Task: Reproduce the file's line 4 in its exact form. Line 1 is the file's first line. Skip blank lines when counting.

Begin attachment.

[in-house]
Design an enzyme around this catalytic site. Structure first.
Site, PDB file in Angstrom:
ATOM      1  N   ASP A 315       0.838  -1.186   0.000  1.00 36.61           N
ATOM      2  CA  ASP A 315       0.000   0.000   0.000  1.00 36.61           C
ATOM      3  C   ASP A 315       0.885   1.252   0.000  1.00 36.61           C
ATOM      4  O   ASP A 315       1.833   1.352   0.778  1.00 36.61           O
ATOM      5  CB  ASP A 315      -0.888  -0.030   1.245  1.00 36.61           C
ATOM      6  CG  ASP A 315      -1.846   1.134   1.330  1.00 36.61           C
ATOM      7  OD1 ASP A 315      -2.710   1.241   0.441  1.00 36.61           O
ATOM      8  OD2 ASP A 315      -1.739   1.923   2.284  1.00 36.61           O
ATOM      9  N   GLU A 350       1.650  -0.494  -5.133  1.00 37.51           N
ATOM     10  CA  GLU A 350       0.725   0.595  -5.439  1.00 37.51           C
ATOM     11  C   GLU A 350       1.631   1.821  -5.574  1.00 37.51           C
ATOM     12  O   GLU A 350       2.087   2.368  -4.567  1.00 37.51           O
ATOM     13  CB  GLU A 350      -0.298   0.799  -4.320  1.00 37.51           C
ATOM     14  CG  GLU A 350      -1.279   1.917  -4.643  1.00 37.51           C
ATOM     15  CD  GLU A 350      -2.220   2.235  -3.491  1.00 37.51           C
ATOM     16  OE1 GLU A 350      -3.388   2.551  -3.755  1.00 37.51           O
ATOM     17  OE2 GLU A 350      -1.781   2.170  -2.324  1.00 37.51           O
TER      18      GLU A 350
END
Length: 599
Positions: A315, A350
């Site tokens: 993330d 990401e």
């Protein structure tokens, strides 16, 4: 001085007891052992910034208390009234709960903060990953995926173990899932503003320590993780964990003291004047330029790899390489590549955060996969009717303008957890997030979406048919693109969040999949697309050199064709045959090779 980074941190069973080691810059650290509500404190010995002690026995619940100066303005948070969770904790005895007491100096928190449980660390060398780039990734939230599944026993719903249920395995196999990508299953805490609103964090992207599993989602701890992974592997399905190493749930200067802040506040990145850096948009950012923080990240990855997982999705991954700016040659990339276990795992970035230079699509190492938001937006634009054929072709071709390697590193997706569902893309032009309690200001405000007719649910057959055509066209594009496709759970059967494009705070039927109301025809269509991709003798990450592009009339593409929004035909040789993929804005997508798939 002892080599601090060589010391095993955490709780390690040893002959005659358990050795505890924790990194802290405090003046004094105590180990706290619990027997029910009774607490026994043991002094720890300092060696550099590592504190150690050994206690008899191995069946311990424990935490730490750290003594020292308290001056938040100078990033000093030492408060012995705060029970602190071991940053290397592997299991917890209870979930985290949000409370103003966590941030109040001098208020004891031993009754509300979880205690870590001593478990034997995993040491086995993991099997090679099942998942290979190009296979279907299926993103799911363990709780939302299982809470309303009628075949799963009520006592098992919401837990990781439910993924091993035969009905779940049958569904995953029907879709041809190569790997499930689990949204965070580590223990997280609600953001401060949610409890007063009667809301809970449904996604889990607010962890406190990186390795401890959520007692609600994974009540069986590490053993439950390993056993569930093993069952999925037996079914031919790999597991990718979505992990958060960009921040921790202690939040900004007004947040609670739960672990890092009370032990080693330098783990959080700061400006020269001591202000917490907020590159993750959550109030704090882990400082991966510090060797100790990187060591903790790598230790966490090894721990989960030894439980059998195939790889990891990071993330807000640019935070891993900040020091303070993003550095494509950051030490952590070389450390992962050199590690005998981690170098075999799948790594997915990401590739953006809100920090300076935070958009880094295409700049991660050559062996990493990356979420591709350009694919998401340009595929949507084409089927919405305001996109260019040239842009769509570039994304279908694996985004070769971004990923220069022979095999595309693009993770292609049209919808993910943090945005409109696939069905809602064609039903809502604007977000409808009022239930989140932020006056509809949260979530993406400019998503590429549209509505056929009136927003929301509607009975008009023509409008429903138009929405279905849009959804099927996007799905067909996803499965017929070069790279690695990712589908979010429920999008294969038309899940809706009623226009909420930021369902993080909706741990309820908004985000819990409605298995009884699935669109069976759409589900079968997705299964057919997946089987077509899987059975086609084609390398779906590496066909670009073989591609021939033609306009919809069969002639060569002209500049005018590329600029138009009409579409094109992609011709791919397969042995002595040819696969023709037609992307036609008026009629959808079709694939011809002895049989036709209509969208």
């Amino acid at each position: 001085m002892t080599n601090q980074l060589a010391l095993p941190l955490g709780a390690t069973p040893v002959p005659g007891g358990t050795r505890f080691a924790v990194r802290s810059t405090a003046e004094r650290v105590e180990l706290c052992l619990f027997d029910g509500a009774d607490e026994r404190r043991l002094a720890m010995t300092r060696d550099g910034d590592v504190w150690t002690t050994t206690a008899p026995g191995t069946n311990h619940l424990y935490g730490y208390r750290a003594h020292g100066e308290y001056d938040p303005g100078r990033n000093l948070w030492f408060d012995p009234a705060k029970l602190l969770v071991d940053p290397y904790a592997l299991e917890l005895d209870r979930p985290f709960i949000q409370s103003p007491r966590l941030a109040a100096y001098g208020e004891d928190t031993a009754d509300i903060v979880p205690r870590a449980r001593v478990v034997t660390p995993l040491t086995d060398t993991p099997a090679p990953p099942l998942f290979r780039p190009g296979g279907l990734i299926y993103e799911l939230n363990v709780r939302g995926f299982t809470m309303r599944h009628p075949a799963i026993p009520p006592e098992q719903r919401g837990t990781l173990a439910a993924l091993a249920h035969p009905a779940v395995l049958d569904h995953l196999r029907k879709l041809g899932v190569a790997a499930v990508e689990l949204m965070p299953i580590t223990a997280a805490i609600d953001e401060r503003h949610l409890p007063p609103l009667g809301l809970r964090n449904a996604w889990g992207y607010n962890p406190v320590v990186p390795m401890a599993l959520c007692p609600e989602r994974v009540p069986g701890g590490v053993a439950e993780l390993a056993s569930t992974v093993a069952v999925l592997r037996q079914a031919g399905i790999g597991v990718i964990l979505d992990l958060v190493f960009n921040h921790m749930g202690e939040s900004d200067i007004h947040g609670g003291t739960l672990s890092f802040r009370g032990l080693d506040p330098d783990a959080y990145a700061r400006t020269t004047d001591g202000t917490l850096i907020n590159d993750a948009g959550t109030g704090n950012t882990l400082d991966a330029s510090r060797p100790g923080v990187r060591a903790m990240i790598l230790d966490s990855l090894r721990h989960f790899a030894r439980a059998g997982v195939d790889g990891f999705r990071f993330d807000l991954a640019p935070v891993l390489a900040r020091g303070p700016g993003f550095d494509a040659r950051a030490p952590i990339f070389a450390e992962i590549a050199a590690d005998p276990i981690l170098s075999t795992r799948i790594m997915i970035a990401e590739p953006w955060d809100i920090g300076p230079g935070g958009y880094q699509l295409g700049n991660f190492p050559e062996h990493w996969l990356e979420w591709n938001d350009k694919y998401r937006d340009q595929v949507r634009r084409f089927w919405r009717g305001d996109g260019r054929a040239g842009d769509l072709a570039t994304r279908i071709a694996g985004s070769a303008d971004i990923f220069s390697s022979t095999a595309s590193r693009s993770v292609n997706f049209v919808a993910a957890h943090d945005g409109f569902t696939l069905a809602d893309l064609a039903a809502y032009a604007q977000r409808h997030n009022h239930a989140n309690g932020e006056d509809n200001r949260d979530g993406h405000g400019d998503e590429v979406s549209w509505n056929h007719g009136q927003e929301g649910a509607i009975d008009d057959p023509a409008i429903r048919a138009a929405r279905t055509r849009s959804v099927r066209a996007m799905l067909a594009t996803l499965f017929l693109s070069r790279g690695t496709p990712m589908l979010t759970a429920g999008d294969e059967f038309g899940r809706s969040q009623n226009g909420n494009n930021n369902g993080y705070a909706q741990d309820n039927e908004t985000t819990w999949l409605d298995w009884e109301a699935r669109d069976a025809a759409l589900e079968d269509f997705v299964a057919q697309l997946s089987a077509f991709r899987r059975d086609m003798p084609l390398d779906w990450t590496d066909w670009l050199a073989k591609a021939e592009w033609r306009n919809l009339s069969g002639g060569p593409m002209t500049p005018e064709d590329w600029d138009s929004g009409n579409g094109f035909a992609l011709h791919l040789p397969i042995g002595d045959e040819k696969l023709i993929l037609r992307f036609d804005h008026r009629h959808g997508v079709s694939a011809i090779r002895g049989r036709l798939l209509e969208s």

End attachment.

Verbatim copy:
ATOM      1  N   ASP A 315       0.838  -1.186   0.000  1.00 36.61           N